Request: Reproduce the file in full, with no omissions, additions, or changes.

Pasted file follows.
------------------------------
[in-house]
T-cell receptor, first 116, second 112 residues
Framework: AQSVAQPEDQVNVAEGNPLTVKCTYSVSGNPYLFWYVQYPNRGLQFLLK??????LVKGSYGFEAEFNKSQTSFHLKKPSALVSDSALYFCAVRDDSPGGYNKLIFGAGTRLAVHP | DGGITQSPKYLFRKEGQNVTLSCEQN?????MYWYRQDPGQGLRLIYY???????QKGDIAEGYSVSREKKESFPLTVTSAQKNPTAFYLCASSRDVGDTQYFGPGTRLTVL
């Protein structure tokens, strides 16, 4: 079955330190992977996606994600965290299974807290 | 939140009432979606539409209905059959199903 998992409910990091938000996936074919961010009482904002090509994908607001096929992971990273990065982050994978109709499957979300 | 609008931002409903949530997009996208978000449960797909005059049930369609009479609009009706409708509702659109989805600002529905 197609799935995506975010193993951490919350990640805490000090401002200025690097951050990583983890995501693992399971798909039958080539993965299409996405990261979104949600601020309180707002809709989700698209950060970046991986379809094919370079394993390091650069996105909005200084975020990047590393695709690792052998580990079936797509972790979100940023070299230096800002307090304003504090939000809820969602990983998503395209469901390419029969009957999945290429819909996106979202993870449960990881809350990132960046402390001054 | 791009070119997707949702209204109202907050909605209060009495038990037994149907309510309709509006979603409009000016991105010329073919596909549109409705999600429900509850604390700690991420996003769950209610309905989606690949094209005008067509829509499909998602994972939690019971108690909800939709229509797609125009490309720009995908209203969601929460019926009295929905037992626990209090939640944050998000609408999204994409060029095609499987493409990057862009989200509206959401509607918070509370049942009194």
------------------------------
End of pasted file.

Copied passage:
[in-house]
T-cell receptor, first 116, second 112 residues
Framework: AQSVAQPEDQVNVAEGNPLTVKCTYSVSGNPYLFWYVQYPNRGLQFLLK??????LVKGSYGFEAEFNKSQTSFHLKKPSALVSDSALYFCAVRDDSPGGYNKLIFGAGTRLAVHP | DGGITQSPKYLFRKEGQNVTLSCEQN?????MYWYRQDPGQGLRLIYY???????QKGDIAEGYSVSREKKESFPLTVTSAQKNPTAFYLCASSRDVGDTQYFGPGTRLTVL
């Protein structure tokens, strides 16, 4: 079955330190992977996606994600965290299974807290 | 939140009432979606539409209905059959199903 998992409910990091938000996936074919961010009482904002090509994908607001096929992971990273990065982050994978109709499957979300 | 609008931002409903949530997009996208978000449960797909005059049930369609009479609009009706409708509702659109989805600002529905 197609799935995506975010193993951490919350990640805490000090401002200025690097951050990583983890995501693992399971798909039958080539993965299409996405990261979104949600601020309180707002809709989700698209950060970046991986379809094919370079394993390091650069996105909005200084975020990047590393695709690792052998580990079936797509972790979100940023070299230096800002307090304003504090939000809820969602990983998503395209469901390419029969009957999945290429819909996106979202993870449960990881809350990132960046402390001054 | 791009070119997707949702209204109202907050909605209060009495038990037994149907309510309709509006979603409009000016991105010329073919596909549109409705999600429900509850604390700690991420996003769950209610309905989606690949094209005008067509829509499909998602994972939690019971108690909800939709229509797609125009490309720009995908209203969601929460019926009295929905037992626990209090939640944050998000609408999204994409060029095609499987493409990057862009989200509206959401509607918070509370049942009194």